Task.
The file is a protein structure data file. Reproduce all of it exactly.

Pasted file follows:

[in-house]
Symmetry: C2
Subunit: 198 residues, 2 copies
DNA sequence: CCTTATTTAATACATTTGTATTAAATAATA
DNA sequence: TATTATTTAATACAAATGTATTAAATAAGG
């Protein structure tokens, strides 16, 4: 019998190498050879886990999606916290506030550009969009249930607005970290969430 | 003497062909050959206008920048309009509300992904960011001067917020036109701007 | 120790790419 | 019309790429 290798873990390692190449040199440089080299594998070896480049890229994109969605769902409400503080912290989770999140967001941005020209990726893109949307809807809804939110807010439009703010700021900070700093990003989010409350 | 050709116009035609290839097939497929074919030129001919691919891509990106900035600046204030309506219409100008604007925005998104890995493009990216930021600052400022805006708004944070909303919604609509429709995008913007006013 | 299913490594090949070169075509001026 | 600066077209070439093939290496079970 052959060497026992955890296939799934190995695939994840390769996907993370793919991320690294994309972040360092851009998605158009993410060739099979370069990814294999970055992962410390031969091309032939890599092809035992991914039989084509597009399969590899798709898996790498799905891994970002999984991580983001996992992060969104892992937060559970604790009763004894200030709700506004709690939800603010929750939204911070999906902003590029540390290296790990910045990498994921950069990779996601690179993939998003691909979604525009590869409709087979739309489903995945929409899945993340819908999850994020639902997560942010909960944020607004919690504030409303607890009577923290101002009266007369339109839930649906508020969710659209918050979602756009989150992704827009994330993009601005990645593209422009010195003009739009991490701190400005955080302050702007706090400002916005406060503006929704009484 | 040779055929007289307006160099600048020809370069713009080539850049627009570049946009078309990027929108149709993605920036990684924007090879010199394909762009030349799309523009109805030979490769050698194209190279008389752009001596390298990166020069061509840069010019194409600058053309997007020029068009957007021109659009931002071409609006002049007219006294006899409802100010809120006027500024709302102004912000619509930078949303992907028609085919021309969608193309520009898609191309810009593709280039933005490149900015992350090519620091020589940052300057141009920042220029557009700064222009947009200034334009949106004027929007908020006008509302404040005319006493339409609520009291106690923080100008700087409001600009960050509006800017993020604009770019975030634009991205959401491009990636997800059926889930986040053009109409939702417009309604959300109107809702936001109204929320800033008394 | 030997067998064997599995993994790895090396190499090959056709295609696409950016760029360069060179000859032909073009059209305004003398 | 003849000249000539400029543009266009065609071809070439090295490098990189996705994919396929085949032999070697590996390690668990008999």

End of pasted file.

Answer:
[in-house]
Symmetry: C2
Subunit: 198 residues, 2 copies
DNA sequence: CCTTATTTAATACATTTGTATTAAATAATA
DNA sequence: TATTATTTAATACAAATGTATTAAATAAGG
């Protein structure tokens, strides 16, 4: 019998190498050879886990999606916290506030550009969009249930607005970290969430 | 003497062909050959206008920048309009509300992904960011001067917020036109701007 | 120790790419 | 019309790429 290798873990390692190449040199440089080299594998070896480049890229994109969605769902409400503080912290989770999140967001941005020209990726893109949307809807809804939110807010439009703010700021900070700093990003989010409350 | 050709116009035609290839097939497929074919030129001919691919891509990106900035600046204030309506219409100008604007925005998104890995493009990216930021600052400022805006708004944070909303919604609509429709995008913007006013 | 299913490594090949070169075509001026 | 600066077209070439093939290496079970 052959060497026992955890296939799934190995695939994840390769996907993370793919991320690294994309972040360092851009998605158009993410060739099979370069990814294999970055992962410390031969091309032939890599092809035992991914039989084509597009399969590899798709898996790498799905891994970002999984991580983001996992992060969104892992937060559970604790009763004894200030709700506004709690939800603010929750939204911070999906902003590029540390290296790990910045990498994921950069990779996601690179993939998003691909979604525009590869409709087979739309489903995945929409899945993340819908999850994020639902997560942010909960944020607004919690504030409303607890009577923290101002009266007369339109839930649906508020969710659209918050979602756009989150992704827009994330993009601005990645593209422009010195003009739009991490701190400005955080302050702007706090400002916005406060503006929704009484 | 040779055929007289307006160099600048020809370069713009080539850049627009570049946009078309990027929108149709993605920036990684924007090879010199394909762009030349799309523009109805030979490769050698194209190279008389752009001596390298990166020069061509840069010019194409600058053309997007020029068009957007021109659009931002071409609006002049007219006294006899409802100010809120006027500024709302102004912000619509930078949303992907028609085919021309969608193309520009898609191309810009593709280039933005490149900015992350090519620091020589940052300057141009920042220029557009700064222009947009200034334009949106004027929007908020006008509302404040005319006493339409609520009291106690923080100008700087409001600009960050509006800017993020604009770019975030634009991205959401491009990636997800059926889930986040053009109409939702417009309604959300109107809702936001109204929320800033008394 | 030997067998064997599995993994790895090396190499090959056709295609696409950016760029360069060179000859032909073009059209305004003398 | 003849000249000539400029543009266009065609071809070439090295490098990189996705994919396929085949032999070697590996390690668990008999």